Hazards, horses and helmets.

What’s the best choice to control risk in working with horses? Researchers surveyed 1,700 horse people (owners, riders, and enthusiasts). The #1 choice? Helmets. Training was low on the survey list.

People working with horses seem to simply accept the tradition that equestrianism is high-risk”, said a speaker at August’s U of Guelph Equitation Science conference—a mindset that continues to reinforce the industry’s high accident rate.
“Horse people often just assume that horses can be dangerous and that that danger is an inherent part of being around horses, which is in and of itself dangerous,” she said.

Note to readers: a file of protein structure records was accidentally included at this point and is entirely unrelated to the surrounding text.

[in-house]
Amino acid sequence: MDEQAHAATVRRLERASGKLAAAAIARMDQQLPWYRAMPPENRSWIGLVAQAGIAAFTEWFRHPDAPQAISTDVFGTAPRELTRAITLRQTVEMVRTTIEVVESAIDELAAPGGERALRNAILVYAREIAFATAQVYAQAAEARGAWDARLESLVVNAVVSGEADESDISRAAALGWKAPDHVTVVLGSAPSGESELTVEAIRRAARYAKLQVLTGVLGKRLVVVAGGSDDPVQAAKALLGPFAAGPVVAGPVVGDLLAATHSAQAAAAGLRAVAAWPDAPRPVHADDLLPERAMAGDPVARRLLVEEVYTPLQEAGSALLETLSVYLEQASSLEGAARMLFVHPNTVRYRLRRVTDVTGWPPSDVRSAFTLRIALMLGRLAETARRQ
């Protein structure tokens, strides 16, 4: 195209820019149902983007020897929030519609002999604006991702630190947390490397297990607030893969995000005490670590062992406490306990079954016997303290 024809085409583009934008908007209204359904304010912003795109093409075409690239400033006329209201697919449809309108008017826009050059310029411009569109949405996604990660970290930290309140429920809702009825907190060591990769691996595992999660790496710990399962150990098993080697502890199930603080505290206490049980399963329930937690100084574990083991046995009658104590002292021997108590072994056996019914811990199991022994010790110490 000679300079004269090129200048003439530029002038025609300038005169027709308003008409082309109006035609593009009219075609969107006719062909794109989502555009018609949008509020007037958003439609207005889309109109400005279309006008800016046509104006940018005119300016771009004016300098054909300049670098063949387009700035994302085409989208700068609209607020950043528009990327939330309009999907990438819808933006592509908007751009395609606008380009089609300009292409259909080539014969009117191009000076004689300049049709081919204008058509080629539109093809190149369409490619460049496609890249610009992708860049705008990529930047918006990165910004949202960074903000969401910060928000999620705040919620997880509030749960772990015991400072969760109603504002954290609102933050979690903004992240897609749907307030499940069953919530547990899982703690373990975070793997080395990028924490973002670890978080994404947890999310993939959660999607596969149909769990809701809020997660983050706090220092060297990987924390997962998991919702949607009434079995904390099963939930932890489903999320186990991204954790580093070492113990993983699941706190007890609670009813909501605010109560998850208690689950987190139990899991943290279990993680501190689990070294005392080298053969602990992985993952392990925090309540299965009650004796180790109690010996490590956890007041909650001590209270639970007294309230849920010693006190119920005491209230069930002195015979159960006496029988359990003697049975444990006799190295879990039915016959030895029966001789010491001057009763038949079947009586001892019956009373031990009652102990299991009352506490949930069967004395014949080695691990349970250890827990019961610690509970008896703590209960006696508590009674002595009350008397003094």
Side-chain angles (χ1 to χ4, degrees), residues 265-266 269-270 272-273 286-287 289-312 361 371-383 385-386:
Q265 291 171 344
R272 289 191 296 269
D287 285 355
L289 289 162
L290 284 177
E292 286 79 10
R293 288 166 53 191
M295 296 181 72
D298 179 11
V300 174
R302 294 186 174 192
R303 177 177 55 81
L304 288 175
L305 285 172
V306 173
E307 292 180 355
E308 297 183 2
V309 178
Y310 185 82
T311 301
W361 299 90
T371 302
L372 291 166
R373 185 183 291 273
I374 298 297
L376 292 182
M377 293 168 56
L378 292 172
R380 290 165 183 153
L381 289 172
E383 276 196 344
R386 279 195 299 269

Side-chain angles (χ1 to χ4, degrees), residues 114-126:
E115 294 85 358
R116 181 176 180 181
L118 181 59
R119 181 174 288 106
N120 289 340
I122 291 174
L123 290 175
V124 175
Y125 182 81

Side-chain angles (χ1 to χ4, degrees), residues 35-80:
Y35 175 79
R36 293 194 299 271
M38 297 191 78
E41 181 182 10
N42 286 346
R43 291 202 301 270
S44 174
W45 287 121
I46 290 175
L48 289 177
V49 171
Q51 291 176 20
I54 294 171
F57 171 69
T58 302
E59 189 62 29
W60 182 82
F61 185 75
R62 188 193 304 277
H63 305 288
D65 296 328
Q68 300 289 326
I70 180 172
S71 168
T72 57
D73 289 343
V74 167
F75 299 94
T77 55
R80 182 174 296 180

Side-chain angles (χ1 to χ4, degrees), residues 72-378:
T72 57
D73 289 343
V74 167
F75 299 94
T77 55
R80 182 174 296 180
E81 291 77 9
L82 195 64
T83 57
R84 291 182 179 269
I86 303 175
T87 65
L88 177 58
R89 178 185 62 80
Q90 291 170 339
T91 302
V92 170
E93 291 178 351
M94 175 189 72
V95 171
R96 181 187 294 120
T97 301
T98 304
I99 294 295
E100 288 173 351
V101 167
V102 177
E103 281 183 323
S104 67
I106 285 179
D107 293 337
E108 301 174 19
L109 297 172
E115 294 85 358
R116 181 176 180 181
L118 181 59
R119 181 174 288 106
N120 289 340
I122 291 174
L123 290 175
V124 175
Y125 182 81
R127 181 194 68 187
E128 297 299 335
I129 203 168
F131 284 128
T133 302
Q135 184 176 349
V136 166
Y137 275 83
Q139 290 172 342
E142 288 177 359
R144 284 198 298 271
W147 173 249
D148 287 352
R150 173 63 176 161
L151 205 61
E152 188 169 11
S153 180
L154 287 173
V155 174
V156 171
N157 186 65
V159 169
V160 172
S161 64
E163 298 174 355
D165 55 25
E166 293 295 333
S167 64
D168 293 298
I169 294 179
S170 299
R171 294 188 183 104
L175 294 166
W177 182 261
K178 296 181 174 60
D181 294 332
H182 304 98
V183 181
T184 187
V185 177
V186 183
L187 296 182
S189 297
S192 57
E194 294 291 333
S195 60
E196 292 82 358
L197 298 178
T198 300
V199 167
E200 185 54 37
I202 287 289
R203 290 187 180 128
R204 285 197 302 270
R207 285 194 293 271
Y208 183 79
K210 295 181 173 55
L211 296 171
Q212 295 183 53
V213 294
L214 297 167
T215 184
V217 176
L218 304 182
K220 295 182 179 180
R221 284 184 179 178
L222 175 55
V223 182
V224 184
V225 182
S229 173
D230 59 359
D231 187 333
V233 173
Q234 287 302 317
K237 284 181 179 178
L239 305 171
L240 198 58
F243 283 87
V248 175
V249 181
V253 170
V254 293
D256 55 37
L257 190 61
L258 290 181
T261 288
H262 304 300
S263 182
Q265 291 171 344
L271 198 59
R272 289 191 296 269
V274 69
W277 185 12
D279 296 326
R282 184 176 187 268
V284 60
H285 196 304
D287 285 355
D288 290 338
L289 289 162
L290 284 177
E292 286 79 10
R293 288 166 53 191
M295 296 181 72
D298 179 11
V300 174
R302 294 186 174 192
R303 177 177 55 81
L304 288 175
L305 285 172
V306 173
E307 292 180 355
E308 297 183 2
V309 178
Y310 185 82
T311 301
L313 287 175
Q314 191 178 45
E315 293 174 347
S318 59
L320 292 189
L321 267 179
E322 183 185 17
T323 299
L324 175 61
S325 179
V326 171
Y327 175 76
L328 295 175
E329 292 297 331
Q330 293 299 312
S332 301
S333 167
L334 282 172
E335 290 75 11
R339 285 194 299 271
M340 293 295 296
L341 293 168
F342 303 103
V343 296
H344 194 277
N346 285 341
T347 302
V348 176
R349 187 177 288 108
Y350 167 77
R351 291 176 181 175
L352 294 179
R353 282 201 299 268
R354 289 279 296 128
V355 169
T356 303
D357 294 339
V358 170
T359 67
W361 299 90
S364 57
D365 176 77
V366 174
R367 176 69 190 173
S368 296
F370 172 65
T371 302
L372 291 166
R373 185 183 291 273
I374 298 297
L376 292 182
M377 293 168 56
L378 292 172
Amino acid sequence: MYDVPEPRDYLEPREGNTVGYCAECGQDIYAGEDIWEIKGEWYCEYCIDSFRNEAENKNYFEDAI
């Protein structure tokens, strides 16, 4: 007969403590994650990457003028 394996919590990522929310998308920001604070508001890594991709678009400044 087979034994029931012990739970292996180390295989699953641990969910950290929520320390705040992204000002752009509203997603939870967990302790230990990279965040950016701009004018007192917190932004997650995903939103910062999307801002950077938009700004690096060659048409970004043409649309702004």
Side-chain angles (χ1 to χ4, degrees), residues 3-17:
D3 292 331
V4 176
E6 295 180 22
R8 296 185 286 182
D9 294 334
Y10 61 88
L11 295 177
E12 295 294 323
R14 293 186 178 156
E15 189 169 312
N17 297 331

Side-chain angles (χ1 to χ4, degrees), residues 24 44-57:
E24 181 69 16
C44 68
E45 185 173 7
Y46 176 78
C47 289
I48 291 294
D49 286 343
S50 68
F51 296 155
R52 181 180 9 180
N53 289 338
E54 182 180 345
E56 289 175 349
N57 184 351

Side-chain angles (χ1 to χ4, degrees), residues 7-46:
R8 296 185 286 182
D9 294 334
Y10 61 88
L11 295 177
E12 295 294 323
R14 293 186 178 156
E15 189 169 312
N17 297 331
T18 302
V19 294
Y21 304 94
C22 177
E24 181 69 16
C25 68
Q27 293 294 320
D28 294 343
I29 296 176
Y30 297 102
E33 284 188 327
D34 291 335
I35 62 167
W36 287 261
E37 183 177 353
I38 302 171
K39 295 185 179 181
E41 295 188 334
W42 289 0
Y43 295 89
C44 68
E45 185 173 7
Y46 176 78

Hmmm… I’d vote for training as “the best choice to control risk in working with horses”.
Seems to me that having power steering and power breaks in place, along with regular tune-ups is just as (even more!) important than having your helmet in place…

Risky behavior. At every horse show I see impetuous riders – climbing aboard fresh, distracted or green horses – prey animals in a busy, unfamiliar environment…but these riders are wearing their helmets. Yikes!
No doubt about it – in the event of a fall, the helmet WILL minimize damage.  But wouldn’t it be better not to fall in the first place?

I guess the best overall solution would be to ride it as if you had no helmet…  and then wear one.